Why Aren't Distressed Assets Selling
the case if these utilities enjoy access to a relatively high concentration of distressed merchant assets in or connected to their load area. At the other extreme, a utility may be limited in its capacity to embed generation in its rate base, or it may find few assets compatible with its load service or financial constraints.
In assessing generation acquisition or contracting opportunities, utilities are evaluating a variety of approaches to financing acquisitions or otherwise stepping into assets that present opportunities to convert from a contract to an ownership position. From a financing perspective, municipal and regulated utilities are less motivated to seek high rates of equity return as investor-owned utilities and other buyers, but they are motivated to acquire supply at relatively low and stable rates, given their regulatory (prudence) review criteria. Some of the more attractive approaches and capital combinations that are emerging in today's market include:
- Use of flexible loan structures, with equity return features and conversion rights granted to the lender, and the acquiring utility providing term contract commitments to support the asset's underlying collateral value;
- Load-backed acquisition utilizing a project finance structure with accelerated interest and principal payment rights to lenders, potentially serving as a framework for the next round of limited utility-backed generation project financing;
- A sale-leaseback structure, whereby the utility may act as lessor or lessee depending on its ability to place the asset in its rate base and its comparative depreciation benefits relative to a financial counter-party;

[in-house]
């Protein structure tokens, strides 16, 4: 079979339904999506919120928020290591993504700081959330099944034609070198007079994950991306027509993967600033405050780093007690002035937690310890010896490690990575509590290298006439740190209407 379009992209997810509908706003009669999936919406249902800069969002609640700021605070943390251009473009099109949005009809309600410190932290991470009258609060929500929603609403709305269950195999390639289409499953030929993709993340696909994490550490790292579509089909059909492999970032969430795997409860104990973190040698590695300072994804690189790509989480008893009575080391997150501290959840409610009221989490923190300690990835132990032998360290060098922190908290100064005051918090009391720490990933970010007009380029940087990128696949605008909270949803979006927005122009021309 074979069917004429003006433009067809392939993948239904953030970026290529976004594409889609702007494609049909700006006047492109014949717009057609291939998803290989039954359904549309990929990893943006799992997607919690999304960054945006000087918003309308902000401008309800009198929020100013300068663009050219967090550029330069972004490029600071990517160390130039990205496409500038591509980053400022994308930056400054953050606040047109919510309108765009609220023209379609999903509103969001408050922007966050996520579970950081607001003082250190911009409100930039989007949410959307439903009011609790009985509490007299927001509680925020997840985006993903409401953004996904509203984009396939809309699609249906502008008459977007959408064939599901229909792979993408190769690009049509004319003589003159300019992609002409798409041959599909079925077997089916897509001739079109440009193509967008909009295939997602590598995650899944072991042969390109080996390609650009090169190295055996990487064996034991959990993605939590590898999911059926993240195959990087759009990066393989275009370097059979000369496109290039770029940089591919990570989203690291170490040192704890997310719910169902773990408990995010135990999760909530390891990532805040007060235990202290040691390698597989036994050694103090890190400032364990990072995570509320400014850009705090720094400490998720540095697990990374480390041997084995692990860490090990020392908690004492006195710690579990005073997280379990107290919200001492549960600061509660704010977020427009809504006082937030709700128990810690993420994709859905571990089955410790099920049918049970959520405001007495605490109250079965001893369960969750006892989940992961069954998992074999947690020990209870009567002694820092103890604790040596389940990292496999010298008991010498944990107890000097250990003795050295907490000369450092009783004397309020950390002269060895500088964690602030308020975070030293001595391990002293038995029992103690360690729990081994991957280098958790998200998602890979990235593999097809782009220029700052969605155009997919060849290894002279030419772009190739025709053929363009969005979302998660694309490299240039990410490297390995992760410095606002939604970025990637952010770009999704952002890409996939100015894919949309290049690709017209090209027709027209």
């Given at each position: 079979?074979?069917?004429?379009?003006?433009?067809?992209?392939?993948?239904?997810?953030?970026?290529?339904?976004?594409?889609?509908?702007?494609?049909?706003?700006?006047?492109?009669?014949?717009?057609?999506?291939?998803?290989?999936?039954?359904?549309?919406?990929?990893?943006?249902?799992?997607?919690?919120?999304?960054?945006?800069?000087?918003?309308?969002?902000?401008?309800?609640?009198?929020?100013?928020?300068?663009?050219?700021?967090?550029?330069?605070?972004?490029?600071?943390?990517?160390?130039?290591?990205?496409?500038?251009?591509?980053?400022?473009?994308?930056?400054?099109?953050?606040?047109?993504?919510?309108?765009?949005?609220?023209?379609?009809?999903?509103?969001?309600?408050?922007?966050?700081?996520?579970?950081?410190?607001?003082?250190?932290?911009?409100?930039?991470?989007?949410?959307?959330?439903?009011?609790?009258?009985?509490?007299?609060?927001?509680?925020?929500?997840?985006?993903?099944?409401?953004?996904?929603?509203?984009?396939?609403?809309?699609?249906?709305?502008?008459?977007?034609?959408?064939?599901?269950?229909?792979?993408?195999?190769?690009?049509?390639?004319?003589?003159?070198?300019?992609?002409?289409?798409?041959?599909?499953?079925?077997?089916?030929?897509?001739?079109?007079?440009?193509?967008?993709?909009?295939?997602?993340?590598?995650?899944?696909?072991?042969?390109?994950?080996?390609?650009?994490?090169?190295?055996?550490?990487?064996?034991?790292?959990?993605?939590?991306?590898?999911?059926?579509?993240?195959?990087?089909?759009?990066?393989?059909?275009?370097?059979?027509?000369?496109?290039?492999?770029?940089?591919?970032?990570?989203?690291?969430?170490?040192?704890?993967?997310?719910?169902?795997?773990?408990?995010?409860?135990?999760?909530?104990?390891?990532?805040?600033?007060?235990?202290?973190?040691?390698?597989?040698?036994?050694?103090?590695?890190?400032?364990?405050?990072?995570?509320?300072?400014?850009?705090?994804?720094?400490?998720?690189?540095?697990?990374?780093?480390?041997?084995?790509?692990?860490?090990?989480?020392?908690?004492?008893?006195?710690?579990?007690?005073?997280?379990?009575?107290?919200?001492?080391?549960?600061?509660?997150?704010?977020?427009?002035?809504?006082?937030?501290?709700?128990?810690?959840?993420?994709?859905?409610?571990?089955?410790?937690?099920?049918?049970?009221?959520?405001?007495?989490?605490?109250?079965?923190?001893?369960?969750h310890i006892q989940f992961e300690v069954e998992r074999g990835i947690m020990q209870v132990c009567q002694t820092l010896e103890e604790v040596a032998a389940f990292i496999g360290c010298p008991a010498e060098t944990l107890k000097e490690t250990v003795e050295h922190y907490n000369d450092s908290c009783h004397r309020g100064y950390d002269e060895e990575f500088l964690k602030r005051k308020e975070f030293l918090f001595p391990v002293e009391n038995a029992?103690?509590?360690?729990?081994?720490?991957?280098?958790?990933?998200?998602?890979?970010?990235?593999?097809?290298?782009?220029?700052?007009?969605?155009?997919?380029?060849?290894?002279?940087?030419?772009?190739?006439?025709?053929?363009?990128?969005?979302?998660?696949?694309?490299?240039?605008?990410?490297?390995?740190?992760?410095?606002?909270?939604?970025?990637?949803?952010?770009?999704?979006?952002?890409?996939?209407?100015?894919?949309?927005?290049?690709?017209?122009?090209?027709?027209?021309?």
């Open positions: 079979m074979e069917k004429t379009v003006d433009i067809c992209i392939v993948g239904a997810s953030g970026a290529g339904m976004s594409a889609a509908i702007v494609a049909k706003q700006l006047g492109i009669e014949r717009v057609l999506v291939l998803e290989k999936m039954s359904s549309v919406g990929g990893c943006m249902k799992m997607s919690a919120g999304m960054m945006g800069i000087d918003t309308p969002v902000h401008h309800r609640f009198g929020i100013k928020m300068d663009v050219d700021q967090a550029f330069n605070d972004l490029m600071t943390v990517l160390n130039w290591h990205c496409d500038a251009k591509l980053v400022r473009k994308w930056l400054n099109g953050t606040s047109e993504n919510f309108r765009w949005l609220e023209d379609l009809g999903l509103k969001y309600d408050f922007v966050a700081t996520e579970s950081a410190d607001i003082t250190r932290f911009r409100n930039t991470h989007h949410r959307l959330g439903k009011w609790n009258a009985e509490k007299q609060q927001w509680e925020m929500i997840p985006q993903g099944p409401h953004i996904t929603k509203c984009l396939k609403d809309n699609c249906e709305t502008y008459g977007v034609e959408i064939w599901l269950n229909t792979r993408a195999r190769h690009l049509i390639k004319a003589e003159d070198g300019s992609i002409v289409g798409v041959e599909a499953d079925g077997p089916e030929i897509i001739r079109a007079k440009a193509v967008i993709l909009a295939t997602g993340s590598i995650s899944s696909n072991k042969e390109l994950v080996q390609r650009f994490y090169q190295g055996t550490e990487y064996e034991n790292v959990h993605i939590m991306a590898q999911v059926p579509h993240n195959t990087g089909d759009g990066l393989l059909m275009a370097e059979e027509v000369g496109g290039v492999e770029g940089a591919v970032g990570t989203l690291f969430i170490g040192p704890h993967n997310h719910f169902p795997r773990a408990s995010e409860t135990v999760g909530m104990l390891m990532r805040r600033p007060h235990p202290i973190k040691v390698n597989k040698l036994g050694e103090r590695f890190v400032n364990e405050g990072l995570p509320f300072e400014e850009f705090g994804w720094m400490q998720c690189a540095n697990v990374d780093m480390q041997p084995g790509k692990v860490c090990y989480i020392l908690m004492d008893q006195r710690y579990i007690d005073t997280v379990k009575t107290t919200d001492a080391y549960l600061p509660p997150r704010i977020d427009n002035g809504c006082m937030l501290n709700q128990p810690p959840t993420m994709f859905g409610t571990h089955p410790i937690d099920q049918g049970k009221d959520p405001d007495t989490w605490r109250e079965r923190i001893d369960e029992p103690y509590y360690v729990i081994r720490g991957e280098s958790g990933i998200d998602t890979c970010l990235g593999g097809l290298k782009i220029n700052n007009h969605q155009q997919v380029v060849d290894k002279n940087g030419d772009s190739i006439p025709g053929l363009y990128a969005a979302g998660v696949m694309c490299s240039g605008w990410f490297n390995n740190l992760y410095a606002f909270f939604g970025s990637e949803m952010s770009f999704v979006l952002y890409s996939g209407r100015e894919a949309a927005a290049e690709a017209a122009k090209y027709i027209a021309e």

- Convertible term contract commitments (toll or power purchase agreement), whereby a rating downgrade or other material adverse change to the asset owner triggers defined utility contract conversion rights, including a conversion to equity, or liquid security enhancement (including asset pledge); and
- Contract buy-down as a restructuring solution, whereby a utility may proactively seek to buy down an existing term contract from a generation asset in exchange for ownership or control rights to the asset.
With average gas-fired combined-cycle market values falling from approximately $600/kW on a constructed cost basis to approximately $200 to $400/kW, depending on market location and asset features, the opportunity to lower embedded capital costs and maintain supply flexibility features to respond to both uncertain market price and load conditions is growing increasingly attractive.
Of the capacity available on the market, the large majority is gas-fired, largely in the combined cycle, peaker, or cogeneration classes. In addition, a significant component of coal-fired capacity is available on the market, with price ranges reflecting competing generation sources and the environmental compliance risk reflected in the asset's emission control technology. Coal assets may present an attractive acquisition if environmental upgrade potential is high and the acquiring utility does not face significant market price exposure. A gas-fired asset will prove more attractive if the utility faces considerable load shaping obligations.
When Markets Will Recover
The current oversupply situation will not persist indefinitely. Power developers have added more than 70,000 MW of new generating capacity over the past few years. With a total U.S. installed capacity base of 786,000 MW in 1999 when the new building began, this 70,000